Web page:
For example, a diagram showing the higher level abstract modules on a complex system, with their dependencies and maybe a little description of their responsibilities and what package/namespace they map to in the source-code can be a really useful for a new team member that needs to be introduced to the project, or can also be used to figure out where a new class/functionality should be thrown.

Another example of a useful diagram could be a sequence diagram showing the high-level steps to be taken in a communication protocol. Maybe each step of those have it's little quirks and complexities, but it's probably enough to describe them in the code itself. The higher level diagram can help a programmer to understand the "big picture" of things easily without needing to worry about the complexities of each interaction.

Anyway, those are just some examples; there are lots of cases where a simple diagram can be of a lot of help. Just remember that you should be doing them only when you cannot express something in the code itself. If you find yourself using UML diagrams to explain the source-code itself, make the soruce-code more self-documenting instead.

Finally, some of the general rules that apply to code can also apply to diagrams: avoid repeating yourself, keep it simple, don't fear of changing things (just because something is documented on a UML diagram doesn't mean it can't be changed) and always think of who will be reading/maintaining those diagrams in the future (probably your future-self) when writing them :)


UML has value if team members collectively understand it and consider it a useful way of summarising and communicating design decisions. You don't need to know it all, just that subset that the team finds useful.

Also, you don't need to draw perfect, polished diagrams. A roughly-sketched sequence diagram on a whiteboard or a class diagram in which classes are post-it notes stuck to that whiteboard might be sufficient, depending on the context.

+1: Indeed: see UML as a Sketch. – Richard Apr 15 '12 at 16:03

I once worked on a gig where I needed to manage a team of contract developers overseas.

Some of the stuff they were producing was pretty horrendous (a common symptom of remote contract coders - they don't really care a lot for your code, they just want to get done fast).

To manage the project, I found myself producing UML diagrams and handing it to them to code. It was very successful - it didn't take me that long to write a program in UML, much faster than in Java, and it was something the contractors could follow and be measured against.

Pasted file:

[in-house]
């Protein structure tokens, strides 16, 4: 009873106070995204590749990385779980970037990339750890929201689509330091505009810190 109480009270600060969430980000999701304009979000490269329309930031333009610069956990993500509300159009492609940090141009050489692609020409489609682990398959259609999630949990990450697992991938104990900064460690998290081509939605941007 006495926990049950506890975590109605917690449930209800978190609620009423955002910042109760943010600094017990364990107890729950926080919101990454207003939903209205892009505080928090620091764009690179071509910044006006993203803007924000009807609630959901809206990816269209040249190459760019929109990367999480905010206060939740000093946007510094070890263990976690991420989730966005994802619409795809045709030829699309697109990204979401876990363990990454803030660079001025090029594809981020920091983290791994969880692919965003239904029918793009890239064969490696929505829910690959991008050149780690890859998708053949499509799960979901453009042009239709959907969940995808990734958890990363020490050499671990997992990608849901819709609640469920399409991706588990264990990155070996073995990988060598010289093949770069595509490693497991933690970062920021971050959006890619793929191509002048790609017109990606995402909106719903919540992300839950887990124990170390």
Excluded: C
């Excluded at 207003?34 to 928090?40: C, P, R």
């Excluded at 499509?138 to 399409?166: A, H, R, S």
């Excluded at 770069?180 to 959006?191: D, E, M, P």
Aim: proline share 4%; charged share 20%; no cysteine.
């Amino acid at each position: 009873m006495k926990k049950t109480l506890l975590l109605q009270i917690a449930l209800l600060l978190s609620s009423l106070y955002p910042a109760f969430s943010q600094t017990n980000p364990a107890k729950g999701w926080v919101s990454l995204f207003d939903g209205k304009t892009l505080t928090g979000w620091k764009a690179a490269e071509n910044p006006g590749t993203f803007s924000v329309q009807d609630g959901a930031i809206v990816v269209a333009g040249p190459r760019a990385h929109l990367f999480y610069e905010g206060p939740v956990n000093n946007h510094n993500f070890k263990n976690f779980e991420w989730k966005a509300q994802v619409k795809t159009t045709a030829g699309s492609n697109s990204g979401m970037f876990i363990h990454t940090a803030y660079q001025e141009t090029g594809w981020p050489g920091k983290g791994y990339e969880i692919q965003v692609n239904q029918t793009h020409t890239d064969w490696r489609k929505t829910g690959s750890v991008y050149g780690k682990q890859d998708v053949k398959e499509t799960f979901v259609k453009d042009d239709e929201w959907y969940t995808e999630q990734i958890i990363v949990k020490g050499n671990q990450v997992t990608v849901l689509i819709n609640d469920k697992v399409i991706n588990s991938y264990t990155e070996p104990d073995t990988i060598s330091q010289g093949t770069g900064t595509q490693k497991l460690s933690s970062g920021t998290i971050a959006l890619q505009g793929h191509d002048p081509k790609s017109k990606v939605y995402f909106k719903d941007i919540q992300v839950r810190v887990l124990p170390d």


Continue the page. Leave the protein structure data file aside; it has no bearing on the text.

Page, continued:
One caveat - they did at times want to become creative and deviate from my models, however in those cases they were actually correct, and over all the UML improved the quality of the final product


If someone asked you to prepare UML diagrams and that someone is paying your salary, then it is not really a waste of your time. It may or may not be a waste of that someone's time.

If that someone is planning to understand your project by reading your UML diagrams, then it probably is not a waste of their time.


I find it useful at the initial design stage to get ideas on paper or on the whiteboard. I've mainly used UML class diagrams, without a strict adherence to the standards. Its useful to revisit your UML original design when you're part way through and also at the end of the project. It has helped me to look at a codebase at a higher level of abstraction that you ever can just by reading through code, and has even helped to spot potential bugs.

There's a good point made here by ragu.pattabi distinguishing between two kinds of UML ...

I think the agile flavor of UML (e.g. quick white board sketch) is more successful than the waterfall flavor of UML (e.g. elaborate diagram with all gory detail for documentation, code generation, etc to make the document savvy managers happy).

When UML was seen as a 'must have' skill (10 years ago or more) I was probably against it due to the opinionated views of its many fans at the time. But now that its fallen out of favor, I find myself seeing it for what it is - a useful tool that has merit but is not the silver bullet of software development.

+1 - The only times I saw UML as a time waster was when people tried to adhere to the "standard" and worse, to actually generate code from it. The proper use is to use it as a communication mechanism and a way to explore different ideas, even if it means "tailoring" it to suit your needs. It is far more efficient than coding first, unless the application is trivial. – Dunk Apr 16 '12 at 13:27